Meryl Streep Clears The Air About That “We’re All Africans” Comment At The Berlin Film Festival
About two weeks ago, gripped in the clutches of #OscarsSoWhite, various media outlets (this one included) reported that Meryl Streep made some unsavory comments at the Berlin Film Festival about diversity. Here’s the rough outline of what she said, taken from our own coverage of the incident.
But, when asked by an Egyptian reporter about her understanding of films from the Arab world and North Africa, Streep said, “I’ve played a lot of different people from a lot of different cultures….Thre is a core of humanity that travels right through every culture, and after all we’re all from Africa originally…Berliners, we’re all Africans, really.”
This looks bad, right? It sounds pretty bad! But, what happens so very often is that the bad things that float to the top just sound really bad when stripped of their context. Meryl Streep is probably not an #AllLivesMatter supporter and she came to her own defense in a blog post over at the Huffington Post. In the piece, she lays out the wins enjoyed by films made by filmmakers of color, but notes that we all hopped on our pedestals pretty quickly to tear her down.
The lede was buried in the story of the Berlin festival, the largest in the world. These stories of people from China, Somalia, Mali, Sudan, and Tunisia — testaments to the impact, importance and diversity of global cinema — have been smothered in the U.S. by the volume of attention given to five words of mine at an opening press conference, which is too bad.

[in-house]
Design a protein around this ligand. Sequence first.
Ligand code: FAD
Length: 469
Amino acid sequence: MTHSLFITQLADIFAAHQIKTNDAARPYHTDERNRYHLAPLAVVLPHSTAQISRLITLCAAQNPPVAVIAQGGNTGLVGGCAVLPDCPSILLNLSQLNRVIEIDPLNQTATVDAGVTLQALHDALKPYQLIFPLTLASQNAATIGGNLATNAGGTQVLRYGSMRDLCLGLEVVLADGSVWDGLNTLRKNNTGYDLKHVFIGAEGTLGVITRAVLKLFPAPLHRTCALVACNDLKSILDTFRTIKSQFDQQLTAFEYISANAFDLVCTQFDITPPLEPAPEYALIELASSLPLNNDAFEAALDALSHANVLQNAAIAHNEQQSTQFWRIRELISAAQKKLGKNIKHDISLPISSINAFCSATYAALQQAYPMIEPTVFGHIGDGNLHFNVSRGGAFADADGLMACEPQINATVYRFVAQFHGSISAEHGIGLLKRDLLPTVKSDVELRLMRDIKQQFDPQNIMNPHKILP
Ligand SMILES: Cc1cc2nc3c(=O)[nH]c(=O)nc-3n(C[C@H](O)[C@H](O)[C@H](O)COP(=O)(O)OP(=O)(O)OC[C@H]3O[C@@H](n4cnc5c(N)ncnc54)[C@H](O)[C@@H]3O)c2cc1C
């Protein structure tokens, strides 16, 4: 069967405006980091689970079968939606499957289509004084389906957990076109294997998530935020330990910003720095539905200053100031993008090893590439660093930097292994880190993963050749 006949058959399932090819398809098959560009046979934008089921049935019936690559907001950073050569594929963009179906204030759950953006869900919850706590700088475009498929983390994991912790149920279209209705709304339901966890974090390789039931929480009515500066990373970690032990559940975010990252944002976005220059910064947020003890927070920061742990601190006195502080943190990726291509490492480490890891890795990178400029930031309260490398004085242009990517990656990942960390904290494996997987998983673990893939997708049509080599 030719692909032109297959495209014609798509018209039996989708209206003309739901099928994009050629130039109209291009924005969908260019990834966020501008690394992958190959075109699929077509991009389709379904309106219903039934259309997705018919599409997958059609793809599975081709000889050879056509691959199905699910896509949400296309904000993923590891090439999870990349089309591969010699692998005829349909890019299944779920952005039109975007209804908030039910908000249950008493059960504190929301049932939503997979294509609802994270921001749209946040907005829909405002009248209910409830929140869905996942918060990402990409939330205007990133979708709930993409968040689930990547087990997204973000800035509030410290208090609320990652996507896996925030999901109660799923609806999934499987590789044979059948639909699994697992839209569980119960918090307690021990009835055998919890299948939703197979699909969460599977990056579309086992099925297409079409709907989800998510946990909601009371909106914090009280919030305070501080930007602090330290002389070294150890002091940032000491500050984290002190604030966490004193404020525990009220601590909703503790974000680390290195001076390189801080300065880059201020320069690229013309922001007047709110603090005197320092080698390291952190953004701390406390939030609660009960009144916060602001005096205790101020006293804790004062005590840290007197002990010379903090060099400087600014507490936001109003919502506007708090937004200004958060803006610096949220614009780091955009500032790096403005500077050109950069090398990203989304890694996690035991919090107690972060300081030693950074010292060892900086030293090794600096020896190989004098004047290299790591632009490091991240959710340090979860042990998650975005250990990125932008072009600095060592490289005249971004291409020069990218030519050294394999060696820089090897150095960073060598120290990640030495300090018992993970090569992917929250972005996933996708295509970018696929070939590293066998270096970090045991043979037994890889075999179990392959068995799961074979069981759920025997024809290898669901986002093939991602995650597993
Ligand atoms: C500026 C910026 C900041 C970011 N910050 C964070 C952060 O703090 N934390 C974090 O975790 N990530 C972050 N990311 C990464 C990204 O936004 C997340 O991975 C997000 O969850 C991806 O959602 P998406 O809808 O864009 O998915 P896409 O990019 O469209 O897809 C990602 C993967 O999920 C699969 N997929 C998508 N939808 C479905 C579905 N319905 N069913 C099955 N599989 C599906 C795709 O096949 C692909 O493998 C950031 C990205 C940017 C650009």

The reporting, she points out, was “distorted,” and she clarifies further the question and her answer.
In a longwinded answer to a different question asked of me by an Egyptian reporter concerning the film from Tunisia, Arab/African culture, and my familiarity with Arab films specifically, I said I had seen and loved Theeb, and Timbuktu, but admitted, “I don’t know very much about, honestly, the Middle East, …and yet I’ve played a lot of different people from a lot of different cultures. And the thing I notice is that we’re all — I mean there is a core of humanity that travels right through every culture, and after all, we’re all from Africa originally, you know? We’re all Berliners, we’re all Africans, really.”
I was not minimizing difference, but emphasizing the invisible connection empathy enables, a thing so central to the fact of being human, and what art can do: convey another person’s experience.
Fair enough. This isn’t nearly as bad as it sounds, and not nearly as bad as other places made it out to be. Takes, be they hot or tepid or cold, are what power this terrible content economy and we are all very, very guilty of reacting without thinking. But, it’s important to examine the nature of this reaction and why it came so swiftly. Jumping to label celebrities as immediately #problematic is a bad look, but the reason we’re all so willing to do so is because an awful lot of shit out there is problematic.
Think about it this way: if you spent your entire life quietly processing the the scourge of systemic racism, you’d be pretty sensitive to it, wouldn’t you think? The reaction feels outsized and unnecessary to people who are privileged enough to not have to contend with racism on the regular, but if your entire life is one big microagression writ large, then it’s safe to assume that you’d be extra aware.
I can only speak for myself, but the heady combo of chasing the traffic dragon and the very harsh reality of the lack of equity across so many sectors of the culture means that mistakes happen. Meryl, I’m sorry! I love your work, and still do. You get a pass, for now.